BACKGROUND/AIM: Incidence of non-traumatic spinal cord injury in Australia is increasing, which will result in more occupational therapists being involved in the rehabilitation of this group in the future. The profile of people with non-traumatic spinal cord injury differs from people with traumatically acquired spinal cord injuries, and their long-term health and well-being outcomes are not known. The aim of this study was to explore the experience of returning to social and community participation following non-traumatic spinal cord injury...
August 29, 2018: Australian Occupational Therapy Journal
Nienke Nakken, Martijn A Spruit, Esther H A van den Bogaart, Rik Crutzen, Jean W M Muris, Emiel F M Wouters, Daisy J A Janssen
BACKGROUND/AIM: Proxies of patients with COPD are often unable to identify the patients' most important problematic activities of daily life (ADLs). The aim was to explore causes of perceptual differences between patients with COPD and their proxies about the problematic ADLs of the patient. METHODS: Ten open structured interviews were conducted in the presence of both the patient and proxy. Patients' five most important problematic ADLs identified by the couple were compared and discussed...
August 29, 2018: Australian Occupational Therapy Journal
Samantha Burley, Ruth Cox, Amelia Di Tommaso, Matthew Molineux
BACKGROUND/AIM: Primary contact models of care are an emerging area of occupational therapy practice that aim to respond to the changing health-care landscape. There is a dearth of literature exploring an occupational perspective in primary contact roles, and literature in the broader scope of hand therapy has recognised that occupational therapists' practice often aligns with the biomedical worldview. Therefore, this study aimed to explore the practice of occupational therapists within Primary Contact Occupational Therapy Hand (PCOTH) Clinics from an occupational perspective...
August 22, 2018: Australian Occupational Therapy Journal
Tore Bonsaksen, Milada C Småstuen, Mikkel M Thørrisen, Kenneth Fong, Hua Beng Lim, Ted Brown
BACKGROUND/AIM: The Approaches and Study Skills Inventory for Students (ASSIST) has been used previously to assess the learning approaches among students in higher education, but reports of its use with occupational therapy students are rare. This study investigated the factor structure of the ASSIST in a cross-cultural sample of undergraduate occupational therapy students, and examined whether the factor structure from specific participant groups from different cross-cultural contexts was consistent...
July 31, 2018: Australian Occupational Therapy Journal
Helen Devery, Justin Newton Scanlan, Jessica Ross
BACKGROUND: Occupational therapists employed within eating disorder services provide unique and valuable interventions. However, existing literature suggests that occupational therapists in this area may be at substantial risk of experiencing poor work-related wellbeing (e.g., high levels of burnout and low levels of job satisfaction). Despite these risks, no previous studies have explored the work-related experiences of occupational therapists in this specialist area of practice. OBJECTIVES: To explore challenges faced by occupational therapists working in eating disorders, their sense of professional identity, burnout and job satisfaction...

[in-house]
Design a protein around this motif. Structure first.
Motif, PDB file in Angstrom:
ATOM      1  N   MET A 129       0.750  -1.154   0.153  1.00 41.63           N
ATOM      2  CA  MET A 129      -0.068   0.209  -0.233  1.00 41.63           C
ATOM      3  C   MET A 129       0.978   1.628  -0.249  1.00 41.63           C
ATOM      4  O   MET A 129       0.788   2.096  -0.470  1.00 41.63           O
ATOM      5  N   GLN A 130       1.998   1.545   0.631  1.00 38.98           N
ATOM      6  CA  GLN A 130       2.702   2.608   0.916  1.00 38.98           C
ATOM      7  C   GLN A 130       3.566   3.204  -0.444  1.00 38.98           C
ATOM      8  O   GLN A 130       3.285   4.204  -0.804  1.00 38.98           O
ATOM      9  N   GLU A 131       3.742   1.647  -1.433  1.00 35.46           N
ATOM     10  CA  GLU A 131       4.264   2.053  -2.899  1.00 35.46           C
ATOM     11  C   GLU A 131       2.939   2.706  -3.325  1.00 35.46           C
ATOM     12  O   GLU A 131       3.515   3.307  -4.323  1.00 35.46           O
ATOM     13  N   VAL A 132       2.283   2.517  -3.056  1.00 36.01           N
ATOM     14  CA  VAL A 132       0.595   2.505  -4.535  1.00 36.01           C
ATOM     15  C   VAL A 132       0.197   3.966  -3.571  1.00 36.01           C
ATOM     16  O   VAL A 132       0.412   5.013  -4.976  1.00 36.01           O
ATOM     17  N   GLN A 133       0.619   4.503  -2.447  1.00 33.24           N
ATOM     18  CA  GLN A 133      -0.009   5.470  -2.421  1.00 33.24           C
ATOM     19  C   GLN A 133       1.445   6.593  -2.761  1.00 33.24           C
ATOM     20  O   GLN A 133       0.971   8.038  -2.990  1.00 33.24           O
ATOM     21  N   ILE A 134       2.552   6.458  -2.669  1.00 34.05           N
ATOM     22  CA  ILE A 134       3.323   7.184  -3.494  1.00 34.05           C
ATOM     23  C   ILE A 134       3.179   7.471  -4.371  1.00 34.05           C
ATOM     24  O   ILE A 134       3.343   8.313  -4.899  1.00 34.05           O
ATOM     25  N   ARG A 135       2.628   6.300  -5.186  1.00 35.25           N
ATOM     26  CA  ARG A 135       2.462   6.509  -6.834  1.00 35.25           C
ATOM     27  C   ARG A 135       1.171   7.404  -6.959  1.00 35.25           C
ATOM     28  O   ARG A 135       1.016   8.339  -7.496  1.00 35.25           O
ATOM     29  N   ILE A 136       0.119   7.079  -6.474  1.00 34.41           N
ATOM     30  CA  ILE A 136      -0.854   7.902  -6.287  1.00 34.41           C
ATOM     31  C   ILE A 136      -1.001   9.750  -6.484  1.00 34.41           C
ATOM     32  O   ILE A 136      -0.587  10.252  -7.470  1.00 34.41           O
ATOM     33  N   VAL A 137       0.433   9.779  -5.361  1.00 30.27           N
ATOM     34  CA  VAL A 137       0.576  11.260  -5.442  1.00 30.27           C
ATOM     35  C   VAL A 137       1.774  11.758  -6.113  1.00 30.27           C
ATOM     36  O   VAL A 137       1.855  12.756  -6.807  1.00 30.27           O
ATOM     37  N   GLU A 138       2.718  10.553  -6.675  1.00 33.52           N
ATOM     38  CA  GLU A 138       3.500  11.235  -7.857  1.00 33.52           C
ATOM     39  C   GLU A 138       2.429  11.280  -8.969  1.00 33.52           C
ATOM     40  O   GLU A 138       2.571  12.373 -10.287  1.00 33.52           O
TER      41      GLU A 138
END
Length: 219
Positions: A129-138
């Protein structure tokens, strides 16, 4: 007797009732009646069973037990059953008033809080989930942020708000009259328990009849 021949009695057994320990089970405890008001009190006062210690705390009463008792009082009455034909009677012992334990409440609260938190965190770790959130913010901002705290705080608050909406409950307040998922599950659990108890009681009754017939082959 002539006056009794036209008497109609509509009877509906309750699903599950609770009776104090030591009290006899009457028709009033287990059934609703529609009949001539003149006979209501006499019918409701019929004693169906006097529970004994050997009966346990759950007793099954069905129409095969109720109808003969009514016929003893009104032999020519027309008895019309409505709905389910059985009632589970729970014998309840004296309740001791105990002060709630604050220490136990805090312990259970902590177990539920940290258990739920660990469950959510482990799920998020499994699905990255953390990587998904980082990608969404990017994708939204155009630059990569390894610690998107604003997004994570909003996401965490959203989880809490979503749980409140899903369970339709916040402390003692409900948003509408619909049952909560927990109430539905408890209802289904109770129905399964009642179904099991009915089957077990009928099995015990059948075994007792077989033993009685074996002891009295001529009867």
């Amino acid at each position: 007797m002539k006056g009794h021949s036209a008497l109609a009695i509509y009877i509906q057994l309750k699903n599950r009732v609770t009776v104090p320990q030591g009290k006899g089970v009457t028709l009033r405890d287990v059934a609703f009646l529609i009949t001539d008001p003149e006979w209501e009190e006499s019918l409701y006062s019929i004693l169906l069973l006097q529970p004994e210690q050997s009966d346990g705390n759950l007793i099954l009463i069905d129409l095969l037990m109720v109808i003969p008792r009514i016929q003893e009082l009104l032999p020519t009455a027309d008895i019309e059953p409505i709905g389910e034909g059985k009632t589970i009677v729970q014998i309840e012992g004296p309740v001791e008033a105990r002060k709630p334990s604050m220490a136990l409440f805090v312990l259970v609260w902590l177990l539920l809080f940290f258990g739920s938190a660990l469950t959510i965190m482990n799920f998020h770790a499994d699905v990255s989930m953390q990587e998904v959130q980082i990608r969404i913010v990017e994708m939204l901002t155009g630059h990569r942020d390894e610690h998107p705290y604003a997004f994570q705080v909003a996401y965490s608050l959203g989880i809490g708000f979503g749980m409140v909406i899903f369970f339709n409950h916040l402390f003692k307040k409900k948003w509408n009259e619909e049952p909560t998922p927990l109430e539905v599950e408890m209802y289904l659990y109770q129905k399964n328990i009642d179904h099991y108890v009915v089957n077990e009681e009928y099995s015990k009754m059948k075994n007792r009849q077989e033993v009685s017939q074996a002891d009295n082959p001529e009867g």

July 17, 2018: Australian Occupational Therapy Journal
Claudia R Cutler, Anita L Hamilton, Emma Hough, Cheyenne M Baines, Ross A Clark
BACKGROUND/AIM: Pinch and grip strength assessment is commonly performed in occupational therapy practice. However, the typically utilised methods are limited to pinch or grip dynamometers and do not readily translate to handling everyday objects. With the advent of consumer-grade 3D printing and low-cost sensor systems, the possibilities for creating customised assessment devices are expanding. As a first step in determining the validity of low-cost sensor systems, their data must be compared to a gold standard...
July 3, 2018: Australian Occupational Therapy Journal
Brittany N Hand, Craig A Velozo, James S Krause
BACKGROUND/AIM: Up to 60% of individuals report chronic pain after traumatic spinal cord injury (SCI). Measurement of the degree to which pain interferes with activities and emotions can provide valuable clinical insights with implications for pain management interventions. One questionnaire that can be used to quantify the impact of pain is the Brief Pain Inventory (BPI) interference scale, a seven-item self-report assessment. Our objective was to examine the Rasch measurement properties of the BPI interference scale for measuring pain interference in persons with SCI...
July 2, 2018: Australian Occupational Therapy Journal
Kate Laver, Ted Brown, Reinie Cordier, Natasha A Lannin
No abstract text is available yet for this article.
August 2018: Australian Occupational Therapy Journal
(no author information available yet)
No abstract text is available yet for this article.
August 2018: Australian Occupational Therapy Journal
Stacey George, Claire Gough
No abstract text is available yet for this article.
August 2018: Australian Occupational Therapy Journal
Kate Laver, Sarah Wilkes-Gillan
No abstract text is available yet for this article.
August 2018: Australian Occupational Therapy Journal
Owen Howlett, Carol McKinstry, Natasha A Lannin
BACKGROUND/AIM: Functional electrical stimulation (FES) improves active movement of the hemiplegic upper and lower limbs following stroke. The use of FES by Australian allied health clinicians in stroke rehabilitation is, however, unknown. The purpose of this study was to understand the use of FES in clinical practice. Reasons for the use of FES and potential variables that influence decision-making were also investigated. METHODS: Cross-sectional study of Victorian allied health clinicians, using a snowball recruitment method...
August 2018: Australian Occupational Therapy Journal